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Title: Fiscal systems and female employment in Europe
Authors: Bettio, Francesca
Verashchagina, Alina
Camilleri-Cassar, Frances
Authors: EU Expert Group on Gender and Employment (EGGE)
Keywords: Fiscal policy -- European Union countries
European Union countries -- Economic policy
Women -- Employment -- European Union countries
Labor supply -- European Union countries
Issue Date: 2009
Publisher: European Commission. Directorate General for Employment, Social Affairs and Equal Opportunities
Citation: Bettio, F., & Verashchagina, A. (2009). Fiscal system and female employment in Europe. European Commission. Directorate General for Employment, Social Affairs and Equal Opportunities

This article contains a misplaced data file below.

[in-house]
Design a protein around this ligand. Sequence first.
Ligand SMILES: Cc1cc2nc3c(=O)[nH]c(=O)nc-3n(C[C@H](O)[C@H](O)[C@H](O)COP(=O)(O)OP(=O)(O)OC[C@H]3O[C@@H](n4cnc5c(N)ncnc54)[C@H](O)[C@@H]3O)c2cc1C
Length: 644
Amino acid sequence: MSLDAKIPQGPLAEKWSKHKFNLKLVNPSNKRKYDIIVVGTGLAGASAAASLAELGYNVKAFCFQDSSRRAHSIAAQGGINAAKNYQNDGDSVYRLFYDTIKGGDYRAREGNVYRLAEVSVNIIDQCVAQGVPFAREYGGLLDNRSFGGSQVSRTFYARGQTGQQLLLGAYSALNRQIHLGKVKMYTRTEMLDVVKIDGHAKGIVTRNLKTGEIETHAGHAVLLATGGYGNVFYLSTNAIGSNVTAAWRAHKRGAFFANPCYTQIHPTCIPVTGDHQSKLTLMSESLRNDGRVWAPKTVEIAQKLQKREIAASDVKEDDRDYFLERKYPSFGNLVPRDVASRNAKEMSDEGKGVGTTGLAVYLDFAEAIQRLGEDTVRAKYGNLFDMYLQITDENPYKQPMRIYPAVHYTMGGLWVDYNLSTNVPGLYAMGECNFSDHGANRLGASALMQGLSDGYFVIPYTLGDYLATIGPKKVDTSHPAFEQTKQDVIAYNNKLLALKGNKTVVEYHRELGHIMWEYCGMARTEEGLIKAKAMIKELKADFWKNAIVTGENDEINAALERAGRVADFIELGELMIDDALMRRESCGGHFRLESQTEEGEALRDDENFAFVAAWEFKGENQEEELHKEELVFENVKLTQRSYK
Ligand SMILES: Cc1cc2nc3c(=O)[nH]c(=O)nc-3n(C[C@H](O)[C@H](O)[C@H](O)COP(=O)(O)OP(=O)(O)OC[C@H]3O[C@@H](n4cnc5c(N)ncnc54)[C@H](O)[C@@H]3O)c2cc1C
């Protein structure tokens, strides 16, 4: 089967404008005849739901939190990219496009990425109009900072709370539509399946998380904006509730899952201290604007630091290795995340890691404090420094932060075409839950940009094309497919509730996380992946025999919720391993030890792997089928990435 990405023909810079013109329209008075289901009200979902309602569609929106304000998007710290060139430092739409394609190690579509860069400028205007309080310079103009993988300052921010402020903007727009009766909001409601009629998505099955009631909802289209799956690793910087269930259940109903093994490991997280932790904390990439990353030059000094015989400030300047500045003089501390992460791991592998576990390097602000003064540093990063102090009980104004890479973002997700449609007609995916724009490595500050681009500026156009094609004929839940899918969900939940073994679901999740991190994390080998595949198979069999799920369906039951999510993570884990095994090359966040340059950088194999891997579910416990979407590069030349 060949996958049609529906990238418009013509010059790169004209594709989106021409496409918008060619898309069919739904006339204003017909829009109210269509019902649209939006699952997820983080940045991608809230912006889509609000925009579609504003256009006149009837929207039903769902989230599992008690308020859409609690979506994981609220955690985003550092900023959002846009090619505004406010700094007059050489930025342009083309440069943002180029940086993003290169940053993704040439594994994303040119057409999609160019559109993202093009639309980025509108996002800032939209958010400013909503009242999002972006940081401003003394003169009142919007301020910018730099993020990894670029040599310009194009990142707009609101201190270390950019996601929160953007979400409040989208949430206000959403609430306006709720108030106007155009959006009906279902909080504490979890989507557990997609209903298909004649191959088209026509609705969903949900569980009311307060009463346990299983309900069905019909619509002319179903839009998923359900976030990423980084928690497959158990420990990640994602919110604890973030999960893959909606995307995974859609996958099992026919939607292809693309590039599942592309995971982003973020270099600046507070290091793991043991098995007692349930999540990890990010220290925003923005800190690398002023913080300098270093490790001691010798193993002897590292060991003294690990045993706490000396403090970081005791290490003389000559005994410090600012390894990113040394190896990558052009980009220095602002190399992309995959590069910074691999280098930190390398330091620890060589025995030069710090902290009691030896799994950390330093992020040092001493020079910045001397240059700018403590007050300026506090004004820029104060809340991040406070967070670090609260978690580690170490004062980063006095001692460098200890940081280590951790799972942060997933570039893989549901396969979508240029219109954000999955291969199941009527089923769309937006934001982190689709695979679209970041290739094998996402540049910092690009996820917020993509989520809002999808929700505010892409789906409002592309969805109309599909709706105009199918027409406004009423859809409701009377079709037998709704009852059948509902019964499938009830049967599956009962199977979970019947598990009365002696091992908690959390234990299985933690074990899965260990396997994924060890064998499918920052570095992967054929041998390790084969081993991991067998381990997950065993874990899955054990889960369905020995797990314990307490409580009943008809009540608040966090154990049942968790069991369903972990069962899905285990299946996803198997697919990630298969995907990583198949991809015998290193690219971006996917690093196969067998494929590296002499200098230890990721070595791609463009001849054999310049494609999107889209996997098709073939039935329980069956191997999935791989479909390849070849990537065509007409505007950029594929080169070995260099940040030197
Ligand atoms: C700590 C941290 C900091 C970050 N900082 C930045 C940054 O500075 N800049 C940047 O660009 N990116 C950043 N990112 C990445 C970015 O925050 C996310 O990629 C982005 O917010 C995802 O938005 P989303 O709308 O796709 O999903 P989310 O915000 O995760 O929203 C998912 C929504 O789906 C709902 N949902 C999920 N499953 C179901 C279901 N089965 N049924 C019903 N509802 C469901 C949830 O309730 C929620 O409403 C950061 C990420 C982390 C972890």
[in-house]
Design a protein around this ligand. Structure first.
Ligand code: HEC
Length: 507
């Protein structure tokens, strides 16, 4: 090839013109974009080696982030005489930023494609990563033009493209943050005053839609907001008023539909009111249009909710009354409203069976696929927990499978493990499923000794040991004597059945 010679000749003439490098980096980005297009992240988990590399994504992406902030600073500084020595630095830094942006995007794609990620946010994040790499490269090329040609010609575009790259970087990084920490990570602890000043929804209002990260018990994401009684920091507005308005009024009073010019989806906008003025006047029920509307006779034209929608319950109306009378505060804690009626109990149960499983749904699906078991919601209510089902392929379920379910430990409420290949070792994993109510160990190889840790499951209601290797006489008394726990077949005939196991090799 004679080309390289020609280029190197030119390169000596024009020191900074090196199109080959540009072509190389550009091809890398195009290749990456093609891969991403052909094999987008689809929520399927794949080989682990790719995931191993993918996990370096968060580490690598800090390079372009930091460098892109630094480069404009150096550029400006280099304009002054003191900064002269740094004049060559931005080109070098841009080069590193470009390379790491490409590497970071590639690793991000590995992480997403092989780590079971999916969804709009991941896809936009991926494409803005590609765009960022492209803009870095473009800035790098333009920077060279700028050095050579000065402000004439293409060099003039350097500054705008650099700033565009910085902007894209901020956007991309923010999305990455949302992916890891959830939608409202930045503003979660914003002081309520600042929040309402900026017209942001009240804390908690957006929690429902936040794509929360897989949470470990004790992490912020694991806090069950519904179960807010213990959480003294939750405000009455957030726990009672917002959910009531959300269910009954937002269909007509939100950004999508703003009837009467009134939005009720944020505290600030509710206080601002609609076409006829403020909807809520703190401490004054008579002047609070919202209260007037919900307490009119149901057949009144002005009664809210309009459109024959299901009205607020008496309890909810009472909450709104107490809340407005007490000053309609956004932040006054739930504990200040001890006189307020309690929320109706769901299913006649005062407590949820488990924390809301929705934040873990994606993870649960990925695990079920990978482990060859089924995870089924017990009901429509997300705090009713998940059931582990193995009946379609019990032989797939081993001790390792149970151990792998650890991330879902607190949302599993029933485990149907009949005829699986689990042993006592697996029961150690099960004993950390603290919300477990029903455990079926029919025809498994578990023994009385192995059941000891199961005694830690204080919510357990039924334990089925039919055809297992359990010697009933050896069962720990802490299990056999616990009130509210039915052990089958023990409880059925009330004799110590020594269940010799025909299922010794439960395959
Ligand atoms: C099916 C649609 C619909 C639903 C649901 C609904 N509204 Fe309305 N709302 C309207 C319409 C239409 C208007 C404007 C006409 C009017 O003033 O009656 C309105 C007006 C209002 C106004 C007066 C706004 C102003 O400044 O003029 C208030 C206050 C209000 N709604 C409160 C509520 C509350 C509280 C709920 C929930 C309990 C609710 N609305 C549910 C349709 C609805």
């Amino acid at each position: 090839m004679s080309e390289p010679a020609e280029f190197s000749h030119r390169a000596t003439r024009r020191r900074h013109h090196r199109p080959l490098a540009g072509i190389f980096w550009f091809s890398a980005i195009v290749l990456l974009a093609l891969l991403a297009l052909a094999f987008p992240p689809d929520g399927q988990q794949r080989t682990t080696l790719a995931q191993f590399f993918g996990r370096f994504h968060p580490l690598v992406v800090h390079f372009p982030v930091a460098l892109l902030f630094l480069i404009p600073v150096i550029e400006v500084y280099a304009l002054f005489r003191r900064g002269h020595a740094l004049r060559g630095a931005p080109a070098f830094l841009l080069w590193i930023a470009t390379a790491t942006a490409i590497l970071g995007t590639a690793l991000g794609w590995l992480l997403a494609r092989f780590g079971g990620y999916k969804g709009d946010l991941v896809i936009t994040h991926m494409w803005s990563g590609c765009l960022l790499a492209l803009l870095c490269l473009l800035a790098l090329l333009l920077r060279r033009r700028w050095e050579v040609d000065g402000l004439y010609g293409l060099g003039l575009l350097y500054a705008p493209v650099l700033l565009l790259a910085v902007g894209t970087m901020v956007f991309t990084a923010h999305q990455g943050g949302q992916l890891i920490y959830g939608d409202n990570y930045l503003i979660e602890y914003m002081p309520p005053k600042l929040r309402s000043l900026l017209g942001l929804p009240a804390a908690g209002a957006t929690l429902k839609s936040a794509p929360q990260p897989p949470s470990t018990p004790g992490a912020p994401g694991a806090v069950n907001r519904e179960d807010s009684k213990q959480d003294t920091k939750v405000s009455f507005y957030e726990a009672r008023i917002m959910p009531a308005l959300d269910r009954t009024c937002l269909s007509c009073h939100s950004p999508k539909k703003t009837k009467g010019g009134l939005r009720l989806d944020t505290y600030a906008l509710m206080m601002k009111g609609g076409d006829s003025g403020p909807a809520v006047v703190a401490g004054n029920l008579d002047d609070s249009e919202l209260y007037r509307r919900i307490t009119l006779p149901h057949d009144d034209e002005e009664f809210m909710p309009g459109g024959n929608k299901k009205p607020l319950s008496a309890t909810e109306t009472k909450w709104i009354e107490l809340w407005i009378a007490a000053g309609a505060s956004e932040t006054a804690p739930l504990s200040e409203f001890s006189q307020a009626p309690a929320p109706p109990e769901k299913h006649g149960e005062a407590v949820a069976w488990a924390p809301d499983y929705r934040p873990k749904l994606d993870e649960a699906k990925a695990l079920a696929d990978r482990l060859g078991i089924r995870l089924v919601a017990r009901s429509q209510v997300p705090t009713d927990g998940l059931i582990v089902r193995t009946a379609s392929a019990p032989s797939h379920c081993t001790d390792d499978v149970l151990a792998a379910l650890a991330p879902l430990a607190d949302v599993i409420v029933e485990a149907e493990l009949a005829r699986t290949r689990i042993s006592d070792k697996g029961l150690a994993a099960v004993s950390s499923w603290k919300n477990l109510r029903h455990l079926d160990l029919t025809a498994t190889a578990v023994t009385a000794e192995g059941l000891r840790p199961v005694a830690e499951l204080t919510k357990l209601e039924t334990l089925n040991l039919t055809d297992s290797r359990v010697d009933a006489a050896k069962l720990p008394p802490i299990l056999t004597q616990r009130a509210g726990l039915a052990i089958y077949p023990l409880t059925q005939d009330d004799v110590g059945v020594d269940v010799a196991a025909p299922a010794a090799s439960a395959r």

Abstract: Before the economic crisis set in, there was evidence of some convergence on the Lisbon target employment rate for women (Eurostat Statistics in Focus 99/2008). Nevertheless, serious disparities persist across European countries and regions, and the crisis is hampering progress. In the second quarter of 2009, just two years away from the final Lisbon deadline, 13 Member States fell short of the target. Some of the inter-country disparities in women’s employment hide segments of informal labour; others mainly reflect structural, regional imbalances; yet others stem from inadequate incentives: work may not pay enough or only some types of work do so, e.g. part-time work or so-called mini jobs. Large and growing segments of female labour, such as lone mothers, continue to face high risks of ‘in-work’ poverty. The tax and benefit system is an important policy tool for re-shaping incentives to work, addressing in-work poverty or ensuring adequate income protection. Taxation policy has traditionally addressed fairness and other issues of redistribution through progressivity and tax deductions. However joint taxation systems where taxes are assessed against the income of the couple rather than that of the individual may discourage the labour market participation of the female partner when the tax schedule is progressive. The 1984 study of the European Commission (EC 1985) was one of the first official documents to bring attention to this fact and it was instrumental in persuading several countries to switch to individual taxation.
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